It Vanished a Year Ago With 44 Crewmen. Now, a Found Sub

Argentina's navy says it has found the ARA San Juan
By Newser Editors and Wire Services
Posted Nov 17, 2018 5:30 AM CST
It Vanished a Year Ago With 44 Crewmen. Now, a Found Sub
This undated file photo shows the ARA San Juan, a German-built diesel-electric vessel, near Buenos Aires, Argentina.   (Argentina Navy via AP File)

(Newser) – Argentina's navy announced early Saturday that searchers found the missing submarine ARA San Juan deep in the Atlantic a year after it disappeared with 44 crewmen aboard. The vessel was detected 2,625 feet deep in waters off the Valdes Peninsula in Argentine Patagonia, the statement said. The navy said a "positive identification" had been made by a remote-operated submersible from the American ship Ocean Infinity, which was hired for the latest search for the missing vessel, per the AP. The discovery was announced just two days after families of the missing sailors held a commemoration one year after the sub disappeared on Nov. 15, 2017. The San Juan was returning to its base in Mar del Plata when contact was lost. Argentina had given up hope of finding survivors after an intense search aided by 18 countries, but the navy had continued searching for the vessel.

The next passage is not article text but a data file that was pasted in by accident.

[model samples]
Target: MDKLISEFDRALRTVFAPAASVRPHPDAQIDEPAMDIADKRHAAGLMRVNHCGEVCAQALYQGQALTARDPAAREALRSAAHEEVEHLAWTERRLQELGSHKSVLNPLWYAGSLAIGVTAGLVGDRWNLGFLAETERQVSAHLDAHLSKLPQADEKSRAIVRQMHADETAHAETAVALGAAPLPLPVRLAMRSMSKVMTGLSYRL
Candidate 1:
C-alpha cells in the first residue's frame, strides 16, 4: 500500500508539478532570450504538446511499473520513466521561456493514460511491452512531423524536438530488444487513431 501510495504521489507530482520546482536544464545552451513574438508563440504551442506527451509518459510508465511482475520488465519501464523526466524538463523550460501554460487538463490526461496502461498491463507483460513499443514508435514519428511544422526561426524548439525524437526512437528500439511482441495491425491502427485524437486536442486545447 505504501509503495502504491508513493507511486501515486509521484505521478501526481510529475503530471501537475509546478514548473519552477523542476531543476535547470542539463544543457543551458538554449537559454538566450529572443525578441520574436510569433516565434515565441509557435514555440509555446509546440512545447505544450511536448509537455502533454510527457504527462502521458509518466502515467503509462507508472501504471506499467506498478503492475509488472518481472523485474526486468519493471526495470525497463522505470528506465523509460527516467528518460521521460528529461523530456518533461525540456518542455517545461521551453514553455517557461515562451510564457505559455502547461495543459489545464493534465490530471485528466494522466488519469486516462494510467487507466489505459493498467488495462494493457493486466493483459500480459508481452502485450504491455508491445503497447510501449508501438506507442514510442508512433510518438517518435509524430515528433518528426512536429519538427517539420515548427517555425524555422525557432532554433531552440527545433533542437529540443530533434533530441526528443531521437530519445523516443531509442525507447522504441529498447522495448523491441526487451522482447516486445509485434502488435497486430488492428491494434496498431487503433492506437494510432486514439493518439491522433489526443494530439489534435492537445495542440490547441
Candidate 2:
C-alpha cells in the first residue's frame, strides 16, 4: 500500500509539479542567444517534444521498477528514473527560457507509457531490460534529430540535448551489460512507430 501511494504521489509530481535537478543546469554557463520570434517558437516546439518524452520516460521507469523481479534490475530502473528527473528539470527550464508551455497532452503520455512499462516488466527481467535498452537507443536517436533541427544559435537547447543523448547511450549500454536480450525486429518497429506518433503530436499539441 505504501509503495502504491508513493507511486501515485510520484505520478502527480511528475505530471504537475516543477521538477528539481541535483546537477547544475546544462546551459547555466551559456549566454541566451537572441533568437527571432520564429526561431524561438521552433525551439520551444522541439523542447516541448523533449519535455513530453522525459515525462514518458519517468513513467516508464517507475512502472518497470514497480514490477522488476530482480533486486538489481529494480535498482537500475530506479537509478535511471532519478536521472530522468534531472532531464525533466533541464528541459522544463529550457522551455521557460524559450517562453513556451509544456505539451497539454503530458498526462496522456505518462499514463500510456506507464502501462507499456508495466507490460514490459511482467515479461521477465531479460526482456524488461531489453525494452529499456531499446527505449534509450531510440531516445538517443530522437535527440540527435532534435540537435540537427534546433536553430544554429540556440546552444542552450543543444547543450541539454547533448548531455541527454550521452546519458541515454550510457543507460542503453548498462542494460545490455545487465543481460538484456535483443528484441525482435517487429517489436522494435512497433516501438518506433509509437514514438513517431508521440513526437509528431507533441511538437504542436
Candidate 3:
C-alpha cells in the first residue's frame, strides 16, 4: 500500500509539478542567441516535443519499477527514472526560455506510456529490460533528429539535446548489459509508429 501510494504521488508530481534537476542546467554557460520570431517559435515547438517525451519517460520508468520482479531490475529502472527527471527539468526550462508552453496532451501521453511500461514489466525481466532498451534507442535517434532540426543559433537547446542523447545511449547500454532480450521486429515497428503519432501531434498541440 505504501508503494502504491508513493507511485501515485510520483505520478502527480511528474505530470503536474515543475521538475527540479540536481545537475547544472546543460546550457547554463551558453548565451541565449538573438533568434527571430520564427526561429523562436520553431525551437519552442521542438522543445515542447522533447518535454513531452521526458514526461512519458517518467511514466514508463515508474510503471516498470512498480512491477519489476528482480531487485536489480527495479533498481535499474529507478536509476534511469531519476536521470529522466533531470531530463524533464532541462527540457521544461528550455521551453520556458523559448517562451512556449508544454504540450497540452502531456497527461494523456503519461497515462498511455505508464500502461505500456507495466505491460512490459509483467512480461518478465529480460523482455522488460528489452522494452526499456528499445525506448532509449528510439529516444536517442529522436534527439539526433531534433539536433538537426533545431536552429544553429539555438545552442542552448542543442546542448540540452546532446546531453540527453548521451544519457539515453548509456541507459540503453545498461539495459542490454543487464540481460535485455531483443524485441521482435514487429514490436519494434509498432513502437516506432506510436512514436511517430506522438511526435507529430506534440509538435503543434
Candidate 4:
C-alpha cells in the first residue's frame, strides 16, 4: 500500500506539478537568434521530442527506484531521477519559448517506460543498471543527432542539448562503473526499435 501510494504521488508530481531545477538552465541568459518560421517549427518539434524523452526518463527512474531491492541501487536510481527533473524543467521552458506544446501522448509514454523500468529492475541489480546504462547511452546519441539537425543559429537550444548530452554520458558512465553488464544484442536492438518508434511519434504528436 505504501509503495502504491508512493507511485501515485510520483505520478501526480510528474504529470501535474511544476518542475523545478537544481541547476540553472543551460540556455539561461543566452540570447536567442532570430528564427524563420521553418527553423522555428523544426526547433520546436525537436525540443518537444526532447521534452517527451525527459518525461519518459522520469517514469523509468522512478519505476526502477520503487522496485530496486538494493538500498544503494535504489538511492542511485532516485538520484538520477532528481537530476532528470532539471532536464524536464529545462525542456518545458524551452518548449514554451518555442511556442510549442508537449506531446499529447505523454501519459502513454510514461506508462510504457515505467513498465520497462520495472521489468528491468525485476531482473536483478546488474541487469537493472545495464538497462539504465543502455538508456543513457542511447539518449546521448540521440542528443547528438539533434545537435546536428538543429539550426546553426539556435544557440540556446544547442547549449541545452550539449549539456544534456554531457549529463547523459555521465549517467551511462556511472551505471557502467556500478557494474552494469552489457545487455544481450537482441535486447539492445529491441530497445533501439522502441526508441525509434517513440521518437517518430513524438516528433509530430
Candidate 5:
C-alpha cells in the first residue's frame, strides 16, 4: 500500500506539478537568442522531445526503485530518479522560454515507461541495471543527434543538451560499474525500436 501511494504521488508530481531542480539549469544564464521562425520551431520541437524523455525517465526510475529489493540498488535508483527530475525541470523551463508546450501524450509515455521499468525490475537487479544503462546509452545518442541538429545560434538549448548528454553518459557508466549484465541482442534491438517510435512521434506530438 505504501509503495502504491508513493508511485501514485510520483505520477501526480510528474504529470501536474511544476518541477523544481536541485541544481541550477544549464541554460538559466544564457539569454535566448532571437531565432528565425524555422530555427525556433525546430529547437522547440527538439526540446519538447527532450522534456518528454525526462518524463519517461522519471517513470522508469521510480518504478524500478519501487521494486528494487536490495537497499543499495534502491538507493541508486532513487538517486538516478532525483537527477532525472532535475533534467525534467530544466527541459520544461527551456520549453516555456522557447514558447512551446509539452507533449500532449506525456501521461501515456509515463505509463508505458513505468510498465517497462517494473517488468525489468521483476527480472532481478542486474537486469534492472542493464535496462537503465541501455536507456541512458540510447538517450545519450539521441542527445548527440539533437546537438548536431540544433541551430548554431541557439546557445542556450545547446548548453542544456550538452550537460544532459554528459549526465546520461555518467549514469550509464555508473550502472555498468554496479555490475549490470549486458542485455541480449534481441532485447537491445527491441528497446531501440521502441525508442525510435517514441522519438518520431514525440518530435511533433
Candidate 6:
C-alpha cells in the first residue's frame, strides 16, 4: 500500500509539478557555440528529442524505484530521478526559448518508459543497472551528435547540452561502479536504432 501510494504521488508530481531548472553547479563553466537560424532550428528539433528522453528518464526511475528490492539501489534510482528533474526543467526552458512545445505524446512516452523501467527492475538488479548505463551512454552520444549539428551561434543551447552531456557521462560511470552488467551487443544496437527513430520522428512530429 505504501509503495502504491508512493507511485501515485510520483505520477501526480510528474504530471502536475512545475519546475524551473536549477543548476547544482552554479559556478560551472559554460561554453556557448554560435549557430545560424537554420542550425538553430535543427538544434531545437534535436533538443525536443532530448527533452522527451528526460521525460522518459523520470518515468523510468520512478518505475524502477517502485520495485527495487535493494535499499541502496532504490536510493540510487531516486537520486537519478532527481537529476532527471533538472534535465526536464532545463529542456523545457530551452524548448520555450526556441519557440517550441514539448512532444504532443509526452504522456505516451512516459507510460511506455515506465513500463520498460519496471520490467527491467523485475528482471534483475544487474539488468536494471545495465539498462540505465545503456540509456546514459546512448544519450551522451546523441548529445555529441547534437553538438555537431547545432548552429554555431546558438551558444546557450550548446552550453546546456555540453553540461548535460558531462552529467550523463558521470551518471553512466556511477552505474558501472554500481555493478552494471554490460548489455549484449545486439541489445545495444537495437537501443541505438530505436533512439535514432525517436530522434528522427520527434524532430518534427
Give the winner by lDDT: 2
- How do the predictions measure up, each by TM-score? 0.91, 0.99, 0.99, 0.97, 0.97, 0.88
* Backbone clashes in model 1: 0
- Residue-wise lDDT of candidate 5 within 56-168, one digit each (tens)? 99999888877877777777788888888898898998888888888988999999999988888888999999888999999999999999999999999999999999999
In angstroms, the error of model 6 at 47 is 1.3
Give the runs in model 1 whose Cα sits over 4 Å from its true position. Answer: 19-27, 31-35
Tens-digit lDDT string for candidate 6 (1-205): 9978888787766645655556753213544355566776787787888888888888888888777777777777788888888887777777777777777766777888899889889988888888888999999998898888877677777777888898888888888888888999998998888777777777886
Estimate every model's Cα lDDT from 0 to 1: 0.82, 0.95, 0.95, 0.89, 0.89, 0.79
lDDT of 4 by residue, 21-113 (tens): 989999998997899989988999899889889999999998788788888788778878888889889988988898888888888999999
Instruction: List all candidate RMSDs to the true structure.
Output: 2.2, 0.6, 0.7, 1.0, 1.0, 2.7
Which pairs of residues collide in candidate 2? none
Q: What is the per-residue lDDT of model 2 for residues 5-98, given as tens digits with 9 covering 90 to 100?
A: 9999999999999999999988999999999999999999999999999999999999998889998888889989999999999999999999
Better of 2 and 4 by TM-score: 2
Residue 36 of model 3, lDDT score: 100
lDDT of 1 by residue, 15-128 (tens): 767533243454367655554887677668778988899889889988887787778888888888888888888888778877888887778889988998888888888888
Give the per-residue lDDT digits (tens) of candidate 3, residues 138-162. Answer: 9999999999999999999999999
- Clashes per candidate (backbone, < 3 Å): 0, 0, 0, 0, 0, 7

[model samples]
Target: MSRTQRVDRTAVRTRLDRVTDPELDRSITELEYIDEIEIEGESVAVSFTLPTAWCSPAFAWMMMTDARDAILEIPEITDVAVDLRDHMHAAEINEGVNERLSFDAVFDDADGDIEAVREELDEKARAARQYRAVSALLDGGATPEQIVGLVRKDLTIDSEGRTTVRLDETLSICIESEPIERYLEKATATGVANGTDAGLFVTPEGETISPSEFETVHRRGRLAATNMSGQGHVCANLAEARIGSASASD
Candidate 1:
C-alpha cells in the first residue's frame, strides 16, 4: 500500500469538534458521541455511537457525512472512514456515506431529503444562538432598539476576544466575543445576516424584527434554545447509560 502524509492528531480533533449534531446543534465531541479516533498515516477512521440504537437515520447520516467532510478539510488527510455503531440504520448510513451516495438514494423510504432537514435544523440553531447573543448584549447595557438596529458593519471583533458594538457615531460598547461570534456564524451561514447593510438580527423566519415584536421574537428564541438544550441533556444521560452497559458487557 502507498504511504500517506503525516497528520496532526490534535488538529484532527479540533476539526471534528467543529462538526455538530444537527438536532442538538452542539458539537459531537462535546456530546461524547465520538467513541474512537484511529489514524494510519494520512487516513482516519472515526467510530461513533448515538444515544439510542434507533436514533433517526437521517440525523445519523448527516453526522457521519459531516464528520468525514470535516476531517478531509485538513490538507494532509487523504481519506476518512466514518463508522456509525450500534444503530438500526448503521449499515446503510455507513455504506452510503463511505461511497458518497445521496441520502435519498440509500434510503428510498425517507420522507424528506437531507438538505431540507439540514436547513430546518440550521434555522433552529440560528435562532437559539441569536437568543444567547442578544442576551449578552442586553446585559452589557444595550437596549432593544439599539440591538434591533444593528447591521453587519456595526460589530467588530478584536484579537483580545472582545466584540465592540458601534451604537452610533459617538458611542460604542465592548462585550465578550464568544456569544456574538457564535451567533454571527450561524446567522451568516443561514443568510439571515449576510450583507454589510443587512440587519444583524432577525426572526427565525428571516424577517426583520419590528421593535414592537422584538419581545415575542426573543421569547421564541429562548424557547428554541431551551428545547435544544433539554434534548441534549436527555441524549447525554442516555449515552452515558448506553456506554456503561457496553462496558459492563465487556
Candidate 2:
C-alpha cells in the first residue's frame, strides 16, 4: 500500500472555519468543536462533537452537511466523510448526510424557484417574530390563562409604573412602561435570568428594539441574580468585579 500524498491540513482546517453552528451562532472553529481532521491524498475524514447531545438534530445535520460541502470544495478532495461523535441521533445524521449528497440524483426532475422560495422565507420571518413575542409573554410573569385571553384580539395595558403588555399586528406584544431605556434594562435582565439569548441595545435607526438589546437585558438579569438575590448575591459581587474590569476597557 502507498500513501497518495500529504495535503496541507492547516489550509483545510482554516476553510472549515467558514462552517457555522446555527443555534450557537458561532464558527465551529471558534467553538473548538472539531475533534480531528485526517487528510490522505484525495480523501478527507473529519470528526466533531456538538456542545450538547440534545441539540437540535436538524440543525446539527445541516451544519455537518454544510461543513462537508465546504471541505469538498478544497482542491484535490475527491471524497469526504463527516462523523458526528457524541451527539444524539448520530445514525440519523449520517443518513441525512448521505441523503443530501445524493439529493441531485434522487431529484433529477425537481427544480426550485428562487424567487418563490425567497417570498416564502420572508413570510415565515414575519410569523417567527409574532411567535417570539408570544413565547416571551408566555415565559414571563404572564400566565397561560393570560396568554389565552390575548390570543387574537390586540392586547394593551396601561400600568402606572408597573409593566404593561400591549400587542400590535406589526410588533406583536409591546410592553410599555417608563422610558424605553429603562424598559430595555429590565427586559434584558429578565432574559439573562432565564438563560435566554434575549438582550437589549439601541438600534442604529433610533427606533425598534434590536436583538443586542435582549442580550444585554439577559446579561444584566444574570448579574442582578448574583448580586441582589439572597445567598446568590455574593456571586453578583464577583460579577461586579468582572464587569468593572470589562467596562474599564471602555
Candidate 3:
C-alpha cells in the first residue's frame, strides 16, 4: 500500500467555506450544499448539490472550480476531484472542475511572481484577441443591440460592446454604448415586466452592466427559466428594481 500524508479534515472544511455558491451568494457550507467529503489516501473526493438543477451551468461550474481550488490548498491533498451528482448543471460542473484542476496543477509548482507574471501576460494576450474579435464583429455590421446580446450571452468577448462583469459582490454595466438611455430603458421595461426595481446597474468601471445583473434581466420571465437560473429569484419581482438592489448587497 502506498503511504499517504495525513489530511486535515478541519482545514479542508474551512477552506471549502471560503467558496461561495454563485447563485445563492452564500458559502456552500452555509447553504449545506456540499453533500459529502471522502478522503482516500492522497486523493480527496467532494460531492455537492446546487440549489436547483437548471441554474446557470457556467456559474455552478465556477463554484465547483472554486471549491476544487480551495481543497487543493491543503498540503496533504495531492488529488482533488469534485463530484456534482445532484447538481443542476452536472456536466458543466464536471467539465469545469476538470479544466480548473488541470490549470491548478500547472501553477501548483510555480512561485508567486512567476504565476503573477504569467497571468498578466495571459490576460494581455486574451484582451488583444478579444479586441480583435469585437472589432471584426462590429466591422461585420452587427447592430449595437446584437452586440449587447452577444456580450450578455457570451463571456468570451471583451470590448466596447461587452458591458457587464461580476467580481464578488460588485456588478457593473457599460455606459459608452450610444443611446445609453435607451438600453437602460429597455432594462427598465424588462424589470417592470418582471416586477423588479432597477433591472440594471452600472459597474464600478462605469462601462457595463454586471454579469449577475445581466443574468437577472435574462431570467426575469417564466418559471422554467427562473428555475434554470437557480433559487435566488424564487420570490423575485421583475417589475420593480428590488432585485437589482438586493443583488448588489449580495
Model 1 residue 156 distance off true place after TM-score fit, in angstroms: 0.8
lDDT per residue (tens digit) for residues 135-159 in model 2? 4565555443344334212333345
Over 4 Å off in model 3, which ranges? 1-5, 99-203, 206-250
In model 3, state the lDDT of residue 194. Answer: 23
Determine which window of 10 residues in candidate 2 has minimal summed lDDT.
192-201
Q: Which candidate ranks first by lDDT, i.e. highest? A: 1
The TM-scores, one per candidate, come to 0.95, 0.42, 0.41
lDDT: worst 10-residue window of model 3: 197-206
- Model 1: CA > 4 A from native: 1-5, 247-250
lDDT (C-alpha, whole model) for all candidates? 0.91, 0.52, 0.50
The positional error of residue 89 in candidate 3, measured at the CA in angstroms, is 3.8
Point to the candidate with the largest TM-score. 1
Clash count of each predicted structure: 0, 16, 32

The German-built diesel-electric TR-1700-class submarine was commissioned in the mid-1980s and was most recently refitted between 2008 and 2014. During the $12 million retrofitting, the vessel was cut in half and had its engines and batteries replaced. Experts said refits can be difficult because they involve integrating systems produced by different manufacturers, and even the tiniest mistake during the cutting phase can put the safety of the ship and crew at risk. The navy said previously the captain reported on Nov. 15 that water entered the snorkel and caused one of the sub's batteries to short-circuit. The captain later communicated that it had been contained. Some hours later, an explosion was detected near the time and place where the San Juan was last heard from. The navy said the blast could have been caused by a "concentration of hydrogen" triggered by the battery problem reported by the captain. (An Australian sub on "eternal patrol" was found last year.)

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